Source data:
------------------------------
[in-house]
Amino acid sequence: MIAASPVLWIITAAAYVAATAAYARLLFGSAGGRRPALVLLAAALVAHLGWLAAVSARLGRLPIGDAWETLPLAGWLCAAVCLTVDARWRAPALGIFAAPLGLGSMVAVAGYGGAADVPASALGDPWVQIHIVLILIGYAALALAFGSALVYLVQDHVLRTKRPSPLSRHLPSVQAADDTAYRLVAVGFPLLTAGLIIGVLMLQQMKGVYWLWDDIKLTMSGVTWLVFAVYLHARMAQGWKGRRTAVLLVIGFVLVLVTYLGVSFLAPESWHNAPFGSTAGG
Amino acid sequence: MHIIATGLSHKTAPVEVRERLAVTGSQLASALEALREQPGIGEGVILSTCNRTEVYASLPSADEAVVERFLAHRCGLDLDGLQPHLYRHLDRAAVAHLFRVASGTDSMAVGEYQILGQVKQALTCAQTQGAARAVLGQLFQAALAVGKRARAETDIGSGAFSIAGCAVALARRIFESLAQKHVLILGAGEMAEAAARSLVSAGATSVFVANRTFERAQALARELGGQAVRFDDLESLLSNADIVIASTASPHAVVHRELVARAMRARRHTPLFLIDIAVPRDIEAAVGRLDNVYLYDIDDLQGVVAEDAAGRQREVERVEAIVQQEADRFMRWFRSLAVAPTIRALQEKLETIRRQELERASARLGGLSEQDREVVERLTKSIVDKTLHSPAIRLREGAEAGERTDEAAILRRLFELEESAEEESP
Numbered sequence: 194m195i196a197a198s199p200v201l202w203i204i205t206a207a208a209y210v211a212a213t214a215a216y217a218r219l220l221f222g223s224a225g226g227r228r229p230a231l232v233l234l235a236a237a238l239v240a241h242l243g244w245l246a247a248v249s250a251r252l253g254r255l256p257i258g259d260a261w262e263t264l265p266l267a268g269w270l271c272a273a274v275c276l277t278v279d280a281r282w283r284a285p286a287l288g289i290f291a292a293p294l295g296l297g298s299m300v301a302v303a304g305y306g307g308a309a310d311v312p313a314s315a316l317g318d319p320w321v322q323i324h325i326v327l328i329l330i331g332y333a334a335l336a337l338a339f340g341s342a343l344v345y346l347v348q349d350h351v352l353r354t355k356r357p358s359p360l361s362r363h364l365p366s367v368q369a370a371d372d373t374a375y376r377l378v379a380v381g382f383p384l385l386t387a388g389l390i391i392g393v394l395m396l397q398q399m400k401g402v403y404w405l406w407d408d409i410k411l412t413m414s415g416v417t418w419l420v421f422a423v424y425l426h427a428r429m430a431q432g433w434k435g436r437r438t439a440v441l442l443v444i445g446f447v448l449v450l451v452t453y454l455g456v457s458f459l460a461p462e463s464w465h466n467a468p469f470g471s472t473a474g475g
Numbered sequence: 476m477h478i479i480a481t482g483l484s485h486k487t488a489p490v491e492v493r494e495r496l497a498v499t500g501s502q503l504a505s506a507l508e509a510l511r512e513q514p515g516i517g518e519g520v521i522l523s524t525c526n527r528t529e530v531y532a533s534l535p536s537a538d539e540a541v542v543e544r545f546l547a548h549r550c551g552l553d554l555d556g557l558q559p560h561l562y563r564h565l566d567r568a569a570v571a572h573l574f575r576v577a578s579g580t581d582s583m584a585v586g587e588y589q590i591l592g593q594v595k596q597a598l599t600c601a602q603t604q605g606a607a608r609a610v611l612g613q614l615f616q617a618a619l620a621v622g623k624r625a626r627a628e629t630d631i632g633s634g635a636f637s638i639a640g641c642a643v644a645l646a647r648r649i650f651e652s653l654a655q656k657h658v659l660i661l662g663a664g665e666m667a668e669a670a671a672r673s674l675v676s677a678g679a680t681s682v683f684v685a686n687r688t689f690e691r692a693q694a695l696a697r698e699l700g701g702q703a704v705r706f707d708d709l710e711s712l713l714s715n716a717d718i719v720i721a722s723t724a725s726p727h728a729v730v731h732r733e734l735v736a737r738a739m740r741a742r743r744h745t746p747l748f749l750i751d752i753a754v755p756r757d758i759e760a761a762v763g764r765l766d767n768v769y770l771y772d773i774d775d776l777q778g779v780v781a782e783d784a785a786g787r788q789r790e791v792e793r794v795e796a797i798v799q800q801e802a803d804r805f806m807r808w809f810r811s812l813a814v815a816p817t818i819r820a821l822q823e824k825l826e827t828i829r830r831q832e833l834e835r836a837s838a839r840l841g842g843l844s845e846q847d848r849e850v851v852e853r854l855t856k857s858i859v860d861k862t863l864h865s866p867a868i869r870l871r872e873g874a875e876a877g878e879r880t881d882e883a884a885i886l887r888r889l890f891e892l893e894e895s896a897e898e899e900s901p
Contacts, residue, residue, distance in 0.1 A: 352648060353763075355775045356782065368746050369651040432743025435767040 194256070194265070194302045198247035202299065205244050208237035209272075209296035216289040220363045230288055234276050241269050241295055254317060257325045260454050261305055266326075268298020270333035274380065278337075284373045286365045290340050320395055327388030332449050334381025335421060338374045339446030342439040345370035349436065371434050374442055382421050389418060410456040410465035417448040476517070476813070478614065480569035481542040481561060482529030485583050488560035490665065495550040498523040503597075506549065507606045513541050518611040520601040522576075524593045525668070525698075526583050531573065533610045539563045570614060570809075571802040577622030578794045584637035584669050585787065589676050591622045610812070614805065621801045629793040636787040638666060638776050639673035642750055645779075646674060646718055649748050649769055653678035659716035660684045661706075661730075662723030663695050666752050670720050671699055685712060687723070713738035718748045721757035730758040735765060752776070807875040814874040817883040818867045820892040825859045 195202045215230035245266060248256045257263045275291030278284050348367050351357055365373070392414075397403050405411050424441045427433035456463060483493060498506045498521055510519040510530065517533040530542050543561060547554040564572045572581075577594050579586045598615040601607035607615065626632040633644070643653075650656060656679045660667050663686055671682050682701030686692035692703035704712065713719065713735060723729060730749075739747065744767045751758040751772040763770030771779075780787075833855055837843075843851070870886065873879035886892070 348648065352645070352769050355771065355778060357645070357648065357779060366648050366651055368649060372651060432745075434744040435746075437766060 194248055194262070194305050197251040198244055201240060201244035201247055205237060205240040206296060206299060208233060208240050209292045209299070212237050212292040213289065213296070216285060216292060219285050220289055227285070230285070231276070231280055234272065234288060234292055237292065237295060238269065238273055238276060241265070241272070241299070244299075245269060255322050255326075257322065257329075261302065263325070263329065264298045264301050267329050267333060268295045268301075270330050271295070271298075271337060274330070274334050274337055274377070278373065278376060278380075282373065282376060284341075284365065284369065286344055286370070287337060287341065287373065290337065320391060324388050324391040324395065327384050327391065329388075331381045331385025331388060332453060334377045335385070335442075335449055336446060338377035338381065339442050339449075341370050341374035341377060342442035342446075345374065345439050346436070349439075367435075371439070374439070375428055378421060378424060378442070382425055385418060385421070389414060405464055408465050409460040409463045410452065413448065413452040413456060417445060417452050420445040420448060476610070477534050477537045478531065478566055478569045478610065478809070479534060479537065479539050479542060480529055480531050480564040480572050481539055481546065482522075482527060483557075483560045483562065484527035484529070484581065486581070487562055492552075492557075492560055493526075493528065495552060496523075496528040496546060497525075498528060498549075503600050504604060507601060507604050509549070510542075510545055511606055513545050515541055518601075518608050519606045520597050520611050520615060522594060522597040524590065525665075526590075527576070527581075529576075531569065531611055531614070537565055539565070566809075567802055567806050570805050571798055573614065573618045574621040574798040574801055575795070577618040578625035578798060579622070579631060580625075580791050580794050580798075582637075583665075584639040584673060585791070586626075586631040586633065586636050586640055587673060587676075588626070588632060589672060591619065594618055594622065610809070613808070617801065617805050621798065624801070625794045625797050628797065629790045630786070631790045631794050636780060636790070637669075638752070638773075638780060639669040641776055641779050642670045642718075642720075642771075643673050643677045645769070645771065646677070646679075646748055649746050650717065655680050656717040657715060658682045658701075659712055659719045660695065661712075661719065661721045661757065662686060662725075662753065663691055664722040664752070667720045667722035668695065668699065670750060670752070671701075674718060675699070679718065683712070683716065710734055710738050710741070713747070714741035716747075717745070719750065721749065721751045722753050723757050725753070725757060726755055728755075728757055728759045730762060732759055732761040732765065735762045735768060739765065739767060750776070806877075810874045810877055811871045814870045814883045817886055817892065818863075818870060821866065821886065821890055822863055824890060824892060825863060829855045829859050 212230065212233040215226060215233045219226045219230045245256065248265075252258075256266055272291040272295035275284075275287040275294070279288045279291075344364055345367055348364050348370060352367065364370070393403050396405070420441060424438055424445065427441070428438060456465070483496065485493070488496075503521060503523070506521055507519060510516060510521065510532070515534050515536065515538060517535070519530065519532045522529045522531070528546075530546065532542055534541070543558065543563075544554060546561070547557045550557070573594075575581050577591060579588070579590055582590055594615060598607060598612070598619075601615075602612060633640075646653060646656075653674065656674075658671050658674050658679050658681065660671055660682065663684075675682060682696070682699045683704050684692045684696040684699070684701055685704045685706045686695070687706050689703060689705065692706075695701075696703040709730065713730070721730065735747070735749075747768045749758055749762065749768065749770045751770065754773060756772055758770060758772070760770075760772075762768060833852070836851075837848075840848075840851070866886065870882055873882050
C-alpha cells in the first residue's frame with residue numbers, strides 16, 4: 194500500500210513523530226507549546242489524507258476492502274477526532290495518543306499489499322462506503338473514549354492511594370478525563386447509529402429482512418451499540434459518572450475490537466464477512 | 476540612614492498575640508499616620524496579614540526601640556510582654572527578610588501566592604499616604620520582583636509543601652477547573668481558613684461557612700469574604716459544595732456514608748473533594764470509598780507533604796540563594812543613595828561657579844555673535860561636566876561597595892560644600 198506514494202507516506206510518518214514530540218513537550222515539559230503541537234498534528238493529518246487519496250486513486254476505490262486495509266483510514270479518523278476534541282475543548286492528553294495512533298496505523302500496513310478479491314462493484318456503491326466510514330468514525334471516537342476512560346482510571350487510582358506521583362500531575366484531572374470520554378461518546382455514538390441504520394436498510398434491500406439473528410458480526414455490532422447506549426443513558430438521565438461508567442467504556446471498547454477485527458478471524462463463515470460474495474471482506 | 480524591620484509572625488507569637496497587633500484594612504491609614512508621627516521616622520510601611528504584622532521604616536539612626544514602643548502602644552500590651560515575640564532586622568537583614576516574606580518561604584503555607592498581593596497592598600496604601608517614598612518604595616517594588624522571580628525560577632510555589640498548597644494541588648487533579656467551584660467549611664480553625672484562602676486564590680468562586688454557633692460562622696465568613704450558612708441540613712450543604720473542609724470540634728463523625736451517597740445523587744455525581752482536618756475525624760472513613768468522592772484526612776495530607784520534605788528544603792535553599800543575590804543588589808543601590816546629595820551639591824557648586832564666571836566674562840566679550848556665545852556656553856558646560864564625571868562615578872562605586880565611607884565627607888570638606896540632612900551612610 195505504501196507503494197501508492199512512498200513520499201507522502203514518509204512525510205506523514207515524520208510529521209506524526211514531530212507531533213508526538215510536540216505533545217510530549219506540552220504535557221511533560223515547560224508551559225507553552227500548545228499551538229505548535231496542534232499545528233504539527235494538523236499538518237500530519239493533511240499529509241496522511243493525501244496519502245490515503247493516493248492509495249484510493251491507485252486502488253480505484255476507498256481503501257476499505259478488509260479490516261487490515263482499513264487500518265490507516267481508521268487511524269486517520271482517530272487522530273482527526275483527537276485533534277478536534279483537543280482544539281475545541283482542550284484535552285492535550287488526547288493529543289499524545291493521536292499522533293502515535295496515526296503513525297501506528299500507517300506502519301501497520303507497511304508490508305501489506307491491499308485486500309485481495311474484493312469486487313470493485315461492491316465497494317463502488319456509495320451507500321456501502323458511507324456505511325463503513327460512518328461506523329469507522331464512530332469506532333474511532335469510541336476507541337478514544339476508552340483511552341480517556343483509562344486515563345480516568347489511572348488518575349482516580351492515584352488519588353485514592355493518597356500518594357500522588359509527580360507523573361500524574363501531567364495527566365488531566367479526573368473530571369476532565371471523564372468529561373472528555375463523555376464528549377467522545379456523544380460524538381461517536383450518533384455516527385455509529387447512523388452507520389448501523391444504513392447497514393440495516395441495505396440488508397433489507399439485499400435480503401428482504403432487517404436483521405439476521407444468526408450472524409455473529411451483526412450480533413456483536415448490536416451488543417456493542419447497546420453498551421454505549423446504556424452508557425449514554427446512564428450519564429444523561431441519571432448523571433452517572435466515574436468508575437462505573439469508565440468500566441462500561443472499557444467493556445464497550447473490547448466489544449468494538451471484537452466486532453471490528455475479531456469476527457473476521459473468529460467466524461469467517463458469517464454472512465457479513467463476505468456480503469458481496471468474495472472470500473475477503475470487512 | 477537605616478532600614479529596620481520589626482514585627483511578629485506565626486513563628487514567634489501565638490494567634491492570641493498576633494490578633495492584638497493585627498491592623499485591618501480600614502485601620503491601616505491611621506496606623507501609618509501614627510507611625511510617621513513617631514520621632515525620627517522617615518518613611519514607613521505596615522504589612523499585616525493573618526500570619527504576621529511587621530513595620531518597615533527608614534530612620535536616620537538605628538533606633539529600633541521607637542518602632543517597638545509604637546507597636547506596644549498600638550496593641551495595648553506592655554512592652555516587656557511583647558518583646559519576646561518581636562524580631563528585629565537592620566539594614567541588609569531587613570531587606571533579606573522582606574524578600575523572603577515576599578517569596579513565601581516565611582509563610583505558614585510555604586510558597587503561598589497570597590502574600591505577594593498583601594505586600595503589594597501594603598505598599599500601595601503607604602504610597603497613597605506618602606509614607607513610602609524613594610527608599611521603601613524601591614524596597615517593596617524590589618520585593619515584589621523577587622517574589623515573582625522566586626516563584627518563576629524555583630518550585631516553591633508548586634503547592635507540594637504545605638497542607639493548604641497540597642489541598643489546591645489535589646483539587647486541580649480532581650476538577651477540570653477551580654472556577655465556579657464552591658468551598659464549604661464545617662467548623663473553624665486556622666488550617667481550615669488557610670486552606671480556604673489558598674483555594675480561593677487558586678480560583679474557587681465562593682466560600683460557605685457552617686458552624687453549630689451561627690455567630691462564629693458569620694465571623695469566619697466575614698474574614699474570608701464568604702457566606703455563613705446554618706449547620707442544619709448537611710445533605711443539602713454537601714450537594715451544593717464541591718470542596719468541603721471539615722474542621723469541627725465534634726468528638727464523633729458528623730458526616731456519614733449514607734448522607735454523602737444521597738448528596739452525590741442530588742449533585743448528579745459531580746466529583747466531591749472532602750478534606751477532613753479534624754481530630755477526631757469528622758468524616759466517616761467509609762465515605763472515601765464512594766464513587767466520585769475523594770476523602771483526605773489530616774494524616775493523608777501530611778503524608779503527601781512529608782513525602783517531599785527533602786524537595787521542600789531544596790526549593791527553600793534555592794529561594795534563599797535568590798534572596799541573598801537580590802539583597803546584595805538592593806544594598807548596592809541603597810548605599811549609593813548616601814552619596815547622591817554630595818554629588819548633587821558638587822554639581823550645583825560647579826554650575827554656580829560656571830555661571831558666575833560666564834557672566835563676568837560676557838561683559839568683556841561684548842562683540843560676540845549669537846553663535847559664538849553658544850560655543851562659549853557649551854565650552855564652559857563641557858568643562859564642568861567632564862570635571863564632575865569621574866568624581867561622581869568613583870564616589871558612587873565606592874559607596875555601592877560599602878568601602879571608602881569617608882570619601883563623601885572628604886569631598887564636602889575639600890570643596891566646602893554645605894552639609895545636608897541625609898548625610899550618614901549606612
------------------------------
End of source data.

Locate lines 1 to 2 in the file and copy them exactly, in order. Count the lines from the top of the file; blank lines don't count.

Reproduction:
[in-house]
Amino acid sequence: MIAASPVLWIITAAAYVAATAAYARLLFGSAGGRRPALVLLAAALVAHLGWLAAVSARLGRLPIGDAWETLPLAGWLCAAVCLTVDARWRAPALGIFAAPLGLGSMVAVAGYGGAADVPASALGDPWVQIHIVLILIGYAALALAFGSALVYLVQDHVLRTKRPSPLSRHLPSVQAADDTAYRLVAVGFPLLTAGLIIGVLMLQQMKGVYWLWDDIKLTMSGVTWLVFAVYLHARMAQGWKGRRTAVLLVIGFVLVLVTYLGVSFLAPESWHNAPFGSTAGG